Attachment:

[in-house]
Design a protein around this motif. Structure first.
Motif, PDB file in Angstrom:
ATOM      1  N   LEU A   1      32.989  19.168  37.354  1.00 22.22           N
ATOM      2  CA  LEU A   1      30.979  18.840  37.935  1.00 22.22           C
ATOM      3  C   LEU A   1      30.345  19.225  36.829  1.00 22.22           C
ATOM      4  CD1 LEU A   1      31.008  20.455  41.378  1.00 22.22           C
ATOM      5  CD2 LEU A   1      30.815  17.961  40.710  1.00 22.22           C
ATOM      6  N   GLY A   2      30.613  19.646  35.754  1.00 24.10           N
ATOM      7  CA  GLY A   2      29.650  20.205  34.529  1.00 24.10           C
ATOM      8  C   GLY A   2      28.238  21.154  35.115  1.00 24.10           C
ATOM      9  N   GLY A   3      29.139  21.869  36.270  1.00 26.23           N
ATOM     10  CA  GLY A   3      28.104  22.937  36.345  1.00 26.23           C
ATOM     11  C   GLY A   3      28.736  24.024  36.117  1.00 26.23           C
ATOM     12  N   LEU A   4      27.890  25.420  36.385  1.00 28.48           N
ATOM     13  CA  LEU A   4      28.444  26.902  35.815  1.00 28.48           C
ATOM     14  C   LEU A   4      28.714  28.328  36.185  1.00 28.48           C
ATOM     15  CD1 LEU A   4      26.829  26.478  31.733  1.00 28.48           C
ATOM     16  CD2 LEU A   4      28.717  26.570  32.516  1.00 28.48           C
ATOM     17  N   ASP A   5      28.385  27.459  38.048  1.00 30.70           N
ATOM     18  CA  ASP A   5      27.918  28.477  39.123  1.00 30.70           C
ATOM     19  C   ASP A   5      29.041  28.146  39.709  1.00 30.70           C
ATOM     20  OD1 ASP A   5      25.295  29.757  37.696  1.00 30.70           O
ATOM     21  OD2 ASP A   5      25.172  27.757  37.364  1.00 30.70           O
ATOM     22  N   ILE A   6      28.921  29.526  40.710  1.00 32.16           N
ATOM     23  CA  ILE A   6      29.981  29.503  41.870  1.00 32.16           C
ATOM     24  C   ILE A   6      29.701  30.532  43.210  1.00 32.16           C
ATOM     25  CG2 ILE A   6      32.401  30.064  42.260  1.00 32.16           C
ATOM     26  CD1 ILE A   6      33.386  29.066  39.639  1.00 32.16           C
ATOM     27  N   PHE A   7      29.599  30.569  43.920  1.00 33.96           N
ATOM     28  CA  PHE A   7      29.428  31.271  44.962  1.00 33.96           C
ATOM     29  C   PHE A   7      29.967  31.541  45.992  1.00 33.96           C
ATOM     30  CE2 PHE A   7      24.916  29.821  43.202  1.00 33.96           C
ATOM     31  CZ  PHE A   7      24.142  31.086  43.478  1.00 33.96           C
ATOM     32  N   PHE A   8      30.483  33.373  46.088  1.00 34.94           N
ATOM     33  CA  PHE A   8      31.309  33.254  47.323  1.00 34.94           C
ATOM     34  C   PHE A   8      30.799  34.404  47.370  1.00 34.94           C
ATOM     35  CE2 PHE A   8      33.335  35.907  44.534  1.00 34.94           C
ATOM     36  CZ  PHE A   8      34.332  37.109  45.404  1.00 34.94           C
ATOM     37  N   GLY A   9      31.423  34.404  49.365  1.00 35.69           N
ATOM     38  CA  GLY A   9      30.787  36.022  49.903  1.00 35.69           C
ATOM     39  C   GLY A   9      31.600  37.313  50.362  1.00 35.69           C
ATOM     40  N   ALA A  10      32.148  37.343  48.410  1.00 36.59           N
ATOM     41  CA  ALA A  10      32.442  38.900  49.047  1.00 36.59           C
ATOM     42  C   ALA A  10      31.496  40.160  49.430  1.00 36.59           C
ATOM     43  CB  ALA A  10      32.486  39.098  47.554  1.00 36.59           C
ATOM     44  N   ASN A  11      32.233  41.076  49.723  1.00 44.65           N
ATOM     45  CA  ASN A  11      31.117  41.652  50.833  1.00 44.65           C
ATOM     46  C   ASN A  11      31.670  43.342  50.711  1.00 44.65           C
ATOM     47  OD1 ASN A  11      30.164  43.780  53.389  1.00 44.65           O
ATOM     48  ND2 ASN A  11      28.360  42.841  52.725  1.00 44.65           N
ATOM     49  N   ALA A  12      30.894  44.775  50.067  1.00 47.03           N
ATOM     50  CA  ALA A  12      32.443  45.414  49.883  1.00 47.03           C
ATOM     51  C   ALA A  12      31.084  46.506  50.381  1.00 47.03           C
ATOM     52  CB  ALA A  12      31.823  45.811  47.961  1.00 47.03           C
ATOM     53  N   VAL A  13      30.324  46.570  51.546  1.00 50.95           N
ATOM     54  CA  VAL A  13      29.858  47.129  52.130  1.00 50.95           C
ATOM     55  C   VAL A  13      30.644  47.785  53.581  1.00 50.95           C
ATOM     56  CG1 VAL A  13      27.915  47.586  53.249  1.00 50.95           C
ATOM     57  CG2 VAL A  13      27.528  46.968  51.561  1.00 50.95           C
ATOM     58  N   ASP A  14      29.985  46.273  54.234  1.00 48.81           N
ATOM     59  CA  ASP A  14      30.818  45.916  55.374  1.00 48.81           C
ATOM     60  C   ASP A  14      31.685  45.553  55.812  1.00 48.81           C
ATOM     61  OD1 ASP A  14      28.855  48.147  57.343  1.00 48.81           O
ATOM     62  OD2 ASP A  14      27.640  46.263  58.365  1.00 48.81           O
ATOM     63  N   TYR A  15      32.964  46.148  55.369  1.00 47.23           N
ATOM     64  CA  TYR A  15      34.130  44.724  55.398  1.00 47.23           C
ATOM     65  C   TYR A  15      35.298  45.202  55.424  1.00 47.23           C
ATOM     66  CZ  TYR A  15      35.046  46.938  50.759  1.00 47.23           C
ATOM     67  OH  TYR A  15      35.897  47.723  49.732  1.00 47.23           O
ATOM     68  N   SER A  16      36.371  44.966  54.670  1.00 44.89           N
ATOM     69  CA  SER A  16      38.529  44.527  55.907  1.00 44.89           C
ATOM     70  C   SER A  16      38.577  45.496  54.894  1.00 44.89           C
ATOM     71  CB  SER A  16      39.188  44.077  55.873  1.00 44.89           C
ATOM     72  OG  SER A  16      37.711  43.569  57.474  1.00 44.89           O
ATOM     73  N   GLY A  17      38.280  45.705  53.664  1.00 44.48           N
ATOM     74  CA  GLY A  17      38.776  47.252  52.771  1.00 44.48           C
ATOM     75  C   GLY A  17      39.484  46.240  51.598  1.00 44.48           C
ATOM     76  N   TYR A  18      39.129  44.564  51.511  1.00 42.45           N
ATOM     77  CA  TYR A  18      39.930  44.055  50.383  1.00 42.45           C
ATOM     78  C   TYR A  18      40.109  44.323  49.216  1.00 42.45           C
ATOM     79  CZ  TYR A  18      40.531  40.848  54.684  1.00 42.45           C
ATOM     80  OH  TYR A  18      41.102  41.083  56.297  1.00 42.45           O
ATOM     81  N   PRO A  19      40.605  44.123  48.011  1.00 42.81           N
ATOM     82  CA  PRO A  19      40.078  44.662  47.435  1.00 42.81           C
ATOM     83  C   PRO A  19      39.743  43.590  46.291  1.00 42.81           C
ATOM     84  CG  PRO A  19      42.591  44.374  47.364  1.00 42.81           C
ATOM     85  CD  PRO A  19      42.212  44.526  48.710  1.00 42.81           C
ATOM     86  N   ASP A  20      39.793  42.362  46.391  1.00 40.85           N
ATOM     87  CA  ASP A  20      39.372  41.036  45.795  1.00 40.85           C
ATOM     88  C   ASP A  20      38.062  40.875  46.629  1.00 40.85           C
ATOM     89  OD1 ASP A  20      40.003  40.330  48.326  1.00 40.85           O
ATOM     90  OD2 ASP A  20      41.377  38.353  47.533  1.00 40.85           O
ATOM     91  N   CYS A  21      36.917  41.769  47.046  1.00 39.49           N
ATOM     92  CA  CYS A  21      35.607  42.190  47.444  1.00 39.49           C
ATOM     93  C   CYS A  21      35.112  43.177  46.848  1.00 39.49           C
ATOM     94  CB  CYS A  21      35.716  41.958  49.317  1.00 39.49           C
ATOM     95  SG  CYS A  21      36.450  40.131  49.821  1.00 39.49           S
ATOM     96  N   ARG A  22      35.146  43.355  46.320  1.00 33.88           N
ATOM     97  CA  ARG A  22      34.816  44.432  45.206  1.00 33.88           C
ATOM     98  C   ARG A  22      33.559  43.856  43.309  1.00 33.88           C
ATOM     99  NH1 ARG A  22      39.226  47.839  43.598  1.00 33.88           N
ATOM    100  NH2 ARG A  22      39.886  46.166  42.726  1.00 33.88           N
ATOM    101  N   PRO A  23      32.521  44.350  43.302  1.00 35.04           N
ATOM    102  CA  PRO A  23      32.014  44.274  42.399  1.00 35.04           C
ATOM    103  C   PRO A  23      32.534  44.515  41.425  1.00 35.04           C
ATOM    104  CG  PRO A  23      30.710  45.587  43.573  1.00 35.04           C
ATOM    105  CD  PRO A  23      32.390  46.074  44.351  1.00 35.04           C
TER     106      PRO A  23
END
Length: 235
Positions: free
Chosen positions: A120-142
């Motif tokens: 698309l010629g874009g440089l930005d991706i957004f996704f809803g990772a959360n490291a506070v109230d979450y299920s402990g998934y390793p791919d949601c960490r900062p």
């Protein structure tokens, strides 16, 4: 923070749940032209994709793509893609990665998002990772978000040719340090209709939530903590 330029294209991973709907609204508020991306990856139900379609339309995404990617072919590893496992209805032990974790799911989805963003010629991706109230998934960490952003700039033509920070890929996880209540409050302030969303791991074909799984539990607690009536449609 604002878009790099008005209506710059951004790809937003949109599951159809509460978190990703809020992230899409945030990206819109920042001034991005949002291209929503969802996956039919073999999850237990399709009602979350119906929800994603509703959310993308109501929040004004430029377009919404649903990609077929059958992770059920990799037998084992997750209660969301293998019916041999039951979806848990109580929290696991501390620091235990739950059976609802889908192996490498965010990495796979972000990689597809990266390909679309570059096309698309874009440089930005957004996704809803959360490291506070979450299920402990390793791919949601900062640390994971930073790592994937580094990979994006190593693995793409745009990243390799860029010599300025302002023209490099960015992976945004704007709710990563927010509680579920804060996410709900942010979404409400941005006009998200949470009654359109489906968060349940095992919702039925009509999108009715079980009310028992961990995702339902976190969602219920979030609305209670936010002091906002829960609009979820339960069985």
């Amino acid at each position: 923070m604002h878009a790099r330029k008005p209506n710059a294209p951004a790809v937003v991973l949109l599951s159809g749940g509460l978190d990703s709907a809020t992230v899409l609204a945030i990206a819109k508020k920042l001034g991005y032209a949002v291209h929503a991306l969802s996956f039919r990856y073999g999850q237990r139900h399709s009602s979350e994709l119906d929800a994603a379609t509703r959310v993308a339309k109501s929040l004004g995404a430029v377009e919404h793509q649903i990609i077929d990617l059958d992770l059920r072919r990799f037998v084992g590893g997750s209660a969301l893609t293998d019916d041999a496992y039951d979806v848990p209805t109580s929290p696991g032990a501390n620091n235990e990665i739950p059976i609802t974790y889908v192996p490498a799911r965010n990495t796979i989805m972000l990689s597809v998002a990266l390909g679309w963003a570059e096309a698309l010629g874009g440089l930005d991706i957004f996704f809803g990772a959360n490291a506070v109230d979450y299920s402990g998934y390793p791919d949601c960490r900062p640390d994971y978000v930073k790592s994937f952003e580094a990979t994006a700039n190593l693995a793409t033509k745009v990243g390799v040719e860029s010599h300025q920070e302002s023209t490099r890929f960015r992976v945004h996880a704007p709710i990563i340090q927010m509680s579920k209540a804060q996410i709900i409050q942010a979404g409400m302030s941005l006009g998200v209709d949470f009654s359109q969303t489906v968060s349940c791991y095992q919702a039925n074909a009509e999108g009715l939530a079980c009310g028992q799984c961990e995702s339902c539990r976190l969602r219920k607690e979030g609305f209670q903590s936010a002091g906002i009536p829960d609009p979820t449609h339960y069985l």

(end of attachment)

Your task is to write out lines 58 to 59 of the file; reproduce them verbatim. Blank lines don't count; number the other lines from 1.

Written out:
ATOM     55  C   VAL A  13      30.644  47.785  53.581  1.00 50.95           C
ATOM     56  CG1 VAL A  13      27.915  47.586  53.249  1.00 50.95           C